I've run a few Grignards, and at the time, I thought I had done OK. I got some product. Which Of course, I considered a triumph.

Based on information later accrued, my technique was probably less than great.

My stuff, looked a lot like your stuff. Probably not completely "cooked".

But, I must defer to those who know more.

What do you guys think?
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[*] posted on 31-3-2018 at 15:03


I always use excess Mg, did not do the math, but it looks like you have well over 1 eq, so some should be left.

Simplest test is let it settle, suck out a little bit and add to water, if it reacts violently, likely worked. Or react with dry ice and look for the cyclopentyl acid forming. The biggest two side reactions I see in them is traces of water giving some cyclopentane with the Grignard, which always happens to some degree in most real life reactions. The other common issue is if the reaction overheats, it can dimerize the Grignard into dicyclopentane, that would be pretty hard to do, due to sterics, but a common side product.

The amounts look reasonable, a bit concentrated, maybe, but often that helps start it. I often dissolve the bromide in some ether to keep the reaction diluted as I add more bromide, as well as make it easier to add the bromide slowly.
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Chemi Pharma
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[*] posted on 1-4-2018 at 04:26


Think about try these things:

I- Adding an iodine crystal as a catalyser;
II - stirring uninterruptedly the reaction mix with an stir bar while adding the alkyl halide;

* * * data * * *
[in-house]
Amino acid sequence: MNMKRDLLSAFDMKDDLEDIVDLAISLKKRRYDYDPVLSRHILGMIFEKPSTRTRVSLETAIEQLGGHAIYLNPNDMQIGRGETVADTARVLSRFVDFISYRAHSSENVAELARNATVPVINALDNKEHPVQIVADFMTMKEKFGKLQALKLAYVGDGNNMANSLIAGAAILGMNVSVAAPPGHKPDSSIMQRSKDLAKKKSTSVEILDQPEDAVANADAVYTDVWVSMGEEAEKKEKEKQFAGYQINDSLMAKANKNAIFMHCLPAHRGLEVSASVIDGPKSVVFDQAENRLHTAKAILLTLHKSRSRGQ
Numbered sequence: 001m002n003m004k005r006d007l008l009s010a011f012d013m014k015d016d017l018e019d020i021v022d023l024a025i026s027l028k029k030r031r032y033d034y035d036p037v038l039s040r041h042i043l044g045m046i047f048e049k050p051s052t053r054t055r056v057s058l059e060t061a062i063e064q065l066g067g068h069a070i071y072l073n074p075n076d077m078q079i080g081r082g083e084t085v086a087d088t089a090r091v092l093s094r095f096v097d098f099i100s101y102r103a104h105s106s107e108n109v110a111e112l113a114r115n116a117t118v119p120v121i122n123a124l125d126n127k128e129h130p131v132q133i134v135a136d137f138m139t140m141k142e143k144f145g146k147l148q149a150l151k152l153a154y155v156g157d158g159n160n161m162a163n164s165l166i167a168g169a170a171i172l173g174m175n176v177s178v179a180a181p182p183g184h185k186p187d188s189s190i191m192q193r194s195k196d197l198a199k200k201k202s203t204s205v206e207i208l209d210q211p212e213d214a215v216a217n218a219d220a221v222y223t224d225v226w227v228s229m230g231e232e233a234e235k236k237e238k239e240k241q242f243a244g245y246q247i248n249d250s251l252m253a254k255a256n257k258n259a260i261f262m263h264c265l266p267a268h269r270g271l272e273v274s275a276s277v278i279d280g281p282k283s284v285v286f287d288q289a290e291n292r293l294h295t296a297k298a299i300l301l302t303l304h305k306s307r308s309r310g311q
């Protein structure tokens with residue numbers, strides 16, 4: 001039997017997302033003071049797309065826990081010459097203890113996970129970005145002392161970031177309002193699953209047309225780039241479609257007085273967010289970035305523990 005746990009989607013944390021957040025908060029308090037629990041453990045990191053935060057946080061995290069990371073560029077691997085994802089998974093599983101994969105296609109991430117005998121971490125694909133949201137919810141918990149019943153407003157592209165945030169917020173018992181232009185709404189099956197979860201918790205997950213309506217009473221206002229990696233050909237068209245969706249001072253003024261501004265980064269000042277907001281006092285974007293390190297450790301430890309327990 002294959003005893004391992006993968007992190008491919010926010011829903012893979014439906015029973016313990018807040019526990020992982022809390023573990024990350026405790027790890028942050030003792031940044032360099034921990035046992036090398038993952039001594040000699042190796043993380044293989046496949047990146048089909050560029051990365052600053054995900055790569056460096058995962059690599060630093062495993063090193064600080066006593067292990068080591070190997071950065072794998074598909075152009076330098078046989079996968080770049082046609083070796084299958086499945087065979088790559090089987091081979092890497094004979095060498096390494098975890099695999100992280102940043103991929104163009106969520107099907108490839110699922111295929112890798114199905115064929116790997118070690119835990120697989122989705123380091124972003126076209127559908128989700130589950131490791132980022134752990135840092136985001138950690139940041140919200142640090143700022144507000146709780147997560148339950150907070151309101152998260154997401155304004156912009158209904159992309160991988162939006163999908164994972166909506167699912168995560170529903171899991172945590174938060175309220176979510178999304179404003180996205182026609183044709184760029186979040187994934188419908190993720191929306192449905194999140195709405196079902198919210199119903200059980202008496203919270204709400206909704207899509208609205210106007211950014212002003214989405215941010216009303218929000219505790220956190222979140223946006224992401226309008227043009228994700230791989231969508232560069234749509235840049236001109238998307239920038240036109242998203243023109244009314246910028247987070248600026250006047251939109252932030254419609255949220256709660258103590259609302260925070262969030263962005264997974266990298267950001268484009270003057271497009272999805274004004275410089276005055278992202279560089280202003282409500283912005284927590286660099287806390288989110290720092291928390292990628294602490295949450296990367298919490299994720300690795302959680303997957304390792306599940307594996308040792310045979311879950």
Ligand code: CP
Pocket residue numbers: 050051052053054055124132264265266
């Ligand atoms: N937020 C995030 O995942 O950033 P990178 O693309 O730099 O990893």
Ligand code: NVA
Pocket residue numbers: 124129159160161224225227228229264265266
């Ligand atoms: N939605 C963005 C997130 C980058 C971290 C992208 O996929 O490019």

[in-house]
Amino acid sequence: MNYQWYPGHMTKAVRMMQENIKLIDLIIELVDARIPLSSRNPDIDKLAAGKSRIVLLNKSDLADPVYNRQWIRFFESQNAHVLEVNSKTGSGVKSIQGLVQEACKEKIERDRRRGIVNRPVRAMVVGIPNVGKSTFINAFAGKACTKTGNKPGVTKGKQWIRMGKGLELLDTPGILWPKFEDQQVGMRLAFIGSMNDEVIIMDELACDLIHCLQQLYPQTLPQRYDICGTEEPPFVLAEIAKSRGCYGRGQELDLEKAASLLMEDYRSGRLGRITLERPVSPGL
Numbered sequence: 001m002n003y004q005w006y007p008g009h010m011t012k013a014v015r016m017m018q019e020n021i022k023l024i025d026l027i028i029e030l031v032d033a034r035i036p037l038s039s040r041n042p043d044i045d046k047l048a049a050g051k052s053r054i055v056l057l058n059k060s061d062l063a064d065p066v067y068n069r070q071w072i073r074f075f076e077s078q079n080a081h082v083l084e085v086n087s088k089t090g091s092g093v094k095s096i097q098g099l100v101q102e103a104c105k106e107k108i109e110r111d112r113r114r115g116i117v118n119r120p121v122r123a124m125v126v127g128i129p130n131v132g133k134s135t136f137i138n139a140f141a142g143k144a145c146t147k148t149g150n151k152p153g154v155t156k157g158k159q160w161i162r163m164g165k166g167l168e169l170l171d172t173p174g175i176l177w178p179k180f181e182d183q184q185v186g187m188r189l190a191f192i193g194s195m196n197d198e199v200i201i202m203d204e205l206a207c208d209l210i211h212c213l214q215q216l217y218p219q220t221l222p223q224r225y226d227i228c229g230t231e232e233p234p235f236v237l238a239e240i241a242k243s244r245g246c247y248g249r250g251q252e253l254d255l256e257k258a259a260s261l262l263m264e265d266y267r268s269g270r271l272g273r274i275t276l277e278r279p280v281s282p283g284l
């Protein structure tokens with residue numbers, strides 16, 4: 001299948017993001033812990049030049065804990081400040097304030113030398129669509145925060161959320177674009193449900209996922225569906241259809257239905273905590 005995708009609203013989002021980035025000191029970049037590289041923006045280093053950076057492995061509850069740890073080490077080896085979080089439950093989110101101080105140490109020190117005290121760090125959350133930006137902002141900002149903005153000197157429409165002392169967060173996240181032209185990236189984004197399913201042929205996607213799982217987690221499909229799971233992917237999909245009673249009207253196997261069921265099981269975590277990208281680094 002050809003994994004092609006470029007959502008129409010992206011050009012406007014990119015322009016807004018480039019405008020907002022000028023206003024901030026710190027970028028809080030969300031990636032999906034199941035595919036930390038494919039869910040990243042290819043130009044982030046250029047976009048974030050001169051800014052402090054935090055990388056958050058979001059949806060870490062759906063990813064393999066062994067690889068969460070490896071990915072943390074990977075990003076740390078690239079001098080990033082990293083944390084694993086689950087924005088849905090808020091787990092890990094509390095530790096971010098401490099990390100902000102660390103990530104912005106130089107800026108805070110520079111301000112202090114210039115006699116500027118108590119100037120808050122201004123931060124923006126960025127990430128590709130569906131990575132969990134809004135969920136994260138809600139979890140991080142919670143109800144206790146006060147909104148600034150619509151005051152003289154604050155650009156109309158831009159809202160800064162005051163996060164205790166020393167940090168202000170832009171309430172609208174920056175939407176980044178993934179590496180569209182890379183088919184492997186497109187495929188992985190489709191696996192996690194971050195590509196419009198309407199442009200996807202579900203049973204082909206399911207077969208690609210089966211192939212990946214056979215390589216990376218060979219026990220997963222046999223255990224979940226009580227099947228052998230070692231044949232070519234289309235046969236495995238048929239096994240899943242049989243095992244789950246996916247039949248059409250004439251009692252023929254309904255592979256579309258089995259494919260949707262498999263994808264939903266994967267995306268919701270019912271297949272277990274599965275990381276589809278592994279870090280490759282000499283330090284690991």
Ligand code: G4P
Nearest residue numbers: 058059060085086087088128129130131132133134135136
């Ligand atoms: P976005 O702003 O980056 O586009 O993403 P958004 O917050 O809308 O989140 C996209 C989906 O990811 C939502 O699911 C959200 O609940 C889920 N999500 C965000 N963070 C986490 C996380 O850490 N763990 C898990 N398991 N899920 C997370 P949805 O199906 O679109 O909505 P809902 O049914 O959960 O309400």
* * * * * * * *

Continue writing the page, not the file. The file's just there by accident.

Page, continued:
III - diluting the alkyl halide in diethyl ether before adding it into the ether-magnesium solution drop by drop;
IV - Using ultrasound apparatus, what increase the reaction speed and allow grinard reactions to run even with wet diethyl ether, like said in the paper I attached below (by Rhodium):

Attachment: Grignard Reactions in _Wet_ Ether (Ultrasound Activation).pdf (44kB)
This file has been downloaded 385 times

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organicchemist25
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[*] posted on 1-4-2018 at 14:36


Quote: Originally posted by zed  
Umm. More Ether required?

Ether is both solvent, and a complexing agent.

Might require more Ether, or the use of heat.

You have what you have, but perhaps heat, and a long reflux, will be required to drive the reaction to completion.

I've run a few Grignards, and at the time, I thought I had done OK. I got some product. Which Of course, I considered a triumph.

Based on information later accrued, my technique was probably less than great.

My stuff, looked a lot like your stuff. Probably not completely "cooked".

But, I must defer to those who know more.

What do you guys think?